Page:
March 31, 2016 2:27 am
Your resume is the key to opening the door to an interview. Think of it as your personal brand. It represents who you are, what your skills are, what your history is and what you are aiming to do. It’s a snapshot of your professional life so it needs to be a good one. There are many opinions about what you need and what you don’t need on a resume. But around all the fluff are the bones of a great resume.
While this may seem obvious, you’d be surprised how many people either forget this altogether or have old information listed on their resume. You should make sure your resume is up to date before sending it to a potential employer.
Employers want to know where you’ve worked and what you did at each job. Go ahead, brag on yourself a little bit. But be honest. Lying on your resume is never okay. CareerBuilder says over 50% of recruiters have caught people lying on their resumes. They’ve found people that even say they have academic credentials they don’t have. Don’t create a resume that reflects someone you are not. You’ll have to live up to it if you get the job. And if an employer finds out you lied, that could be grounds for termination.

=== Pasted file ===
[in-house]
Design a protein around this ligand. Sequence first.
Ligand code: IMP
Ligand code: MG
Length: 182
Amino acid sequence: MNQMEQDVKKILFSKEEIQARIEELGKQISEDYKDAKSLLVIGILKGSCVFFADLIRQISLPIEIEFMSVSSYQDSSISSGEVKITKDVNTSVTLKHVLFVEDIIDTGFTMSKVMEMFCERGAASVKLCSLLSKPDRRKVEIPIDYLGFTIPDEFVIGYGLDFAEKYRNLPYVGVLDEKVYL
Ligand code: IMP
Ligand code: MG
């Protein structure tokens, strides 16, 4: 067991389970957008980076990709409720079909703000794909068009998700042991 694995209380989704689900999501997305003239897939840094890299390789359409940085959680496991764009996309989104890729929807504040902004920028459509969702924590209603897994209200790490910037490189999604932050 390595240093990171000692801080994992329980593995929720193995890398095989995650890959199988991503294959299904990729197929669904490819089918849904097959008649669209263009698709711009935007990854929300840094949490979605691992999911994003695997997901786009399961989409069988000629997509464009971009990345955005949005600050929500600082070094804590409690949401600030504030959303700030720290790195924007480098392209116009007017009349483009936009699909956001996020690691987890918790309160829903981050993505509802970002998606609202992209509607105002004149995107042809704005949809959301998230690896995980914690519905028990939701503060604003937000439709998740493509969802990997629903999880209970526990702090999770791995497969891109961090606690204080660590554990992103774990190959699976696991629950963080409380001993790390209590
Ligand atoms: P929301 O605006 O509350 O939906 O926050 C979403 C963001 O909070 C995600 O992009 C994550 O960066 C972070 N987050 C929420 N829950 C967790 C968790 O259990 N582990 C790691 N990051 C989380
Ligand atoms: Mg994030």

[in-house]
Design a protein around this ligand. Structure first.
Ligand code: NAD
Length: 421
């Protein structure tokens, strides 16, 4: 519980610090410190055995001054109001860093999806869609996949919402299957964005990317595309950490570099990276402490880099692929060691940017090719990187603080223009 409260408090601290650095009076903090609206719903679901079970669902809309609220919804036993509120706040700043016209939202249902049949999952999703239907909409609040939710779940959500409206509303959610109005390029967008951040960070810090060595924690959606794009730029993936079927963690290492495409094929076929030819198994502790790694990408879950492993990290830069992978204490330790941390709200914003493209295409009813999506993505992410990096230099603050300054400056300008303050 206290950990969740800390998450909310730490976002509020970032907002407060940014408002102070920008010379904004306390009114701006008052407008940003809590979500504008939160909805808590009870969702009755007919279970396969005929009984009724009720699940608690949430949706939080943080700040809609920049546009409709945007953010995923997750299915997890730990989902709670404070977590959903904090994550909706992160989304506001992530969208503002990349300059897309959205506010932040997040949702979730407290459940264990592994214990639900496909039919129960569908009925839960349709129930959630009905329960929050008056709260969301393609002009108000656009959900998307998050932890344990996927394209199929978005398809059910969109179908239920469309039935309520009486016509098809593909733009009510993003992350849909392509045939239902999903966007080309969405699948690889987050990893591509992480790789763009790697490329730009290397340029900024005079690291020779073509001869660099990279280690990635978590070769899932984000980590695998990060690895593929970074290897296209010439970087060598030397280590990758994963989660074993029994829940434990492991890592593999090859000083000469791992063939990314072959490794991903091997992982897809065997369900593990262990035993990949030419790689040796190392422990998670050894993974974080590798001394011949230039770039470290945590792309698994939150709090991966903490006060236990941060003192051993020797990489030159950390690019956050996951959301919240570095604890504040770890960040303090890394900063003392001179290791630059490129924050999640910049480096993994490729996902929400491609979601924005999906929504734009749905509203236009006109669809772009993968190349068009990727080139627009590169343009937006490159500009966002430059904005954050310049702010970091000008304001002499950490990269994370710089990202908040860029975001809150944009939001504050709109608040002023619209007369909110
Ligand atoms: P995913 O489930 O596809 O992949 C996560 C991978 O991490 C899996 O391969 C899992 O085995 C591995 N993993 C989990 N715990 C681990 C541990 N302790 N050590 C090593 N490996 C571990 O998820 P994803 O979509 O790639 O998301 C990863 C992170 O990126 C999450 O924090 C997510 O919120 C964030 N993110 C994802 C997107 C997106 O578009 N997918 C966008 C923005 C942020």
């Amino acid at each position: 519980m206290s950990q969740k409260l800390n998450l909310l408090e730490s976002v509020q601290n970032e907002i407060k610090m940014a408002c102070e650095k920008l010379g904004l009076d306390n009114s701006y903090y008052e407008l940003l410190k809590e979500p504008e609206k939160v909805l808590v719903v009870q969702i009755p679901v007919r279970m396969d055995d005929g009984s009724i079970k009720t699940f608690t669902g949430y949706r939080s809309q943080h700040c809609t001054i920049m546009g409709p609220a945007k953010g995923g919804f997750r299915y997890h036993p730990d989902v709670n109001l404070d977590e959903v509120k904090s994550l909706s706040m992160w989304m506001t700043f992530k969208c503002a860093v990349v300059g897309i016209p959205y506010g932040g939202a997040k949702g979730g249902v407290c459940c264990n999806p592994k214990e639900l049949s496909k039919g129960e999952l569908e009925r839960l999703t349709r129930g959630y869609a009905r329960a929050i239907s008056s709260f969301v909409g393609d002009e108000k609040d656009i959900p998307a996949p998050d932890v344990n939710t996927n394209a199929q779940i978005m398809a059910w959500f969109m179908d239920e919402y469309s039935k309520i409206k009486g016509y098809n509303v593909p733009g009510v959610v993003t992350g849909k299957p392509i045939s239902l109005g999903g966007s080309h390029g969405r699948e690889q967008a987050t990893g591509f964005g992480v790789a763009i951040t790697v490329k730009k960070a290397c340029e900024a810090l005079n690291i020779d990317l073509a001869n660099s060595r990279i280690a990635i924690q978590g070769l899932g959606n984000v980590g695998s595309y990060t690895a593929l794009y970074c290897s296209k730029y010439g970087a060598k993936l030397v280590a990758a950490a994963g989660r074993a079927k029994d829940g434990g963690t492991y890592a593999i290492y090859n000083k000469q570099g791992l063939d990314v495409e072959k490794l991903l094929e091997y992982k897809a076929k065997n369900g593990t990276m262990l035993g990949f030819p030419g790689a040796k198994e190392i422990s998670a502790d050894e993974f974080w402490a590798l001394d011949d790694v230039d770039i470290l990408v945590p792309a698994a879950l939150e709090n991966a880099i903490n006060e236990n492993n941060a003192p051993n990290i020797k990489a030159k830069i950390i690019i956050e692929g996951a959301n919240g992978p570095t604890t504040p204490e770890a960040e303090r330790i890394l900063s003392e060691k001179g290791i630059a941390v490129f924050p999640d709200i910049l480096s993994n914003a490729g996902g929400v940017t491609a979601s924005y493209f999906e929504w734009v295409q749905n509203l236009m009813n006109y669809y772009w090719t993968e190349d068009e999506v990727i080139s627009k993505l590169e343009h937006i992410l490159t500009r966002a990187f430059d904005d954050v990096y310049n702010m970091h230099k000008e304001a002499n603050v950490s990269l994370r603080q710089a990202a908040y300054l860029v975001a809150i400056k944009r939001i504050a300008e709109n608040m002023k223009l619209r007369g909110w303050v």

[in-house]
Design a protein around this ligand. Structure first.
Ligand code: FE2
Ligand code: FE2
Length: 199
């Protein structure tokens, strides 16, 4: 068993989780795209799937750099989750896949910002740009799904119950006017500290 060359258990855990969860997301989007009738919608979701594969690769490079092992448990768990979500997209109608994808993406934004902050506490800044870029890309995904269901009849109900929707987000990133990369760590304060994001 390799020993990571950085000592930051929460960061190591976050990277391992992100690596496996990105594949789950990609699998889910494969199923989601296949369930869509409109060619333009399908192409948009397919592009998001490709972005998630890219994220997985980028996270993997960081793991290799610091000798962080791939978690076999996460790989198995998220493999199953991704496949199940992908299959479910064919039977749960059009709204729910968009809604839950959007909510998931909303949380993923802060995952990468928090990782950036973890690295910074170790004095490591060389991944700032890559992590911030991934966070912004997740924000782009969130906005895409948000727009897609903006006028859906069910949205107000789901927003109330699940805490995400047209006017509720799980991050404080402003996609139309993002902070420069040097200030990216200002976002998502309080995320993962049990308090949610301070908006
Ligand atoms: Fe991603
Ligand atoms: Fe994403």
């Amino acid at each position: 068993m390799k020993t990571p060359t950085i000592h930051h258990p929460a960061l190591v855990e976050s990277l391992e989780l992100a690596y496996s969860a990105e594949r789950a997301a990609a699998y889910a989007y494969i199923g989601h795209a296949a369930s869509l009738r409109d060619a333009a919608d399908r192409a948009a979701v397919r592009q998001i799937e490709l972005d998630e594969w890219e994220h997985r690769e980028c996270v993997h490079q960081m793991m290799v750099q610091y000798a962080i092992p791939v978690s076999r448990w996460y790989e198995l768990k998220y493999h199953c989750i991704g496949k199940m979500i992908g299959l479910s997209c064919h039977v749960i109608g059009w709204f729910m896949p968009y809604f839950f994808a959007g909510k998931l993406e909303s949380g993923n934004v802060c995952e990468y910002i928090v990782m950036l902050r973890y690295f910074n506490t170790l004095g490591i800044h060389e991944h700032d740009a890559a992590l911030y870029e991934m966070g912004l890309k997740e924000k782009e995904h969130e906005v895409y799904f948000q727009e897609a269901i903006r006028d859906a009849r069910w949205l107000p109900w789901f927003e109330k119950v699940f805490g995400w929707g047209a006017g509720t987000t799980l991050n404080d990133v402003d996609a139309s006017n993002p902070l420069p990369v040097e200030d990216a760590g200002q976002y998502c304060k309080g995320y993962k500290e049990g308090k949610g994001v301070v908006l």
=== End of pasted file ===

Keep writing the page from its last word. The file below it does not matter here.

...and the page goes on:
The trend these days is to leave employment dates off of resumes. However, this isn’t helpful to the employer. Some people do this because they’ve taken some time off for various reasons. It’s common to have gaps. Just own them and don’t try to hide it.
Some jobs require knowledge of certain software programs. Make sure to list all that you know and be honest about how well you know it. It can make your resume stand out even if it’s not a requirement.
Let them get to know you. Since resumes are a snap shot of you, put a little of you in it. Take a couple lines at the bottom to write things that interest you or volunteer activities you participate in. This helps them get to know you beyond the list of facts and sets you apart from the crowd.
Go take a look at your resume. Ask yourself, is this really true? Am I representing myself well? Resumes aren’t easy to craft but if you keep it honest you’ll do just fine. Make sure to double and triple check for typos as that can easily disqualify you. Once you have your resume fine tuned, get ready to interview like a pro!
This blog post is intended for informational purposes only and does not constitute legal advice. No attorney-client relationship is created between the author and reader of this blog post, and its content should not be relied upon as legal advice. Readers are urged to consult legal counsel when seeking legal advice.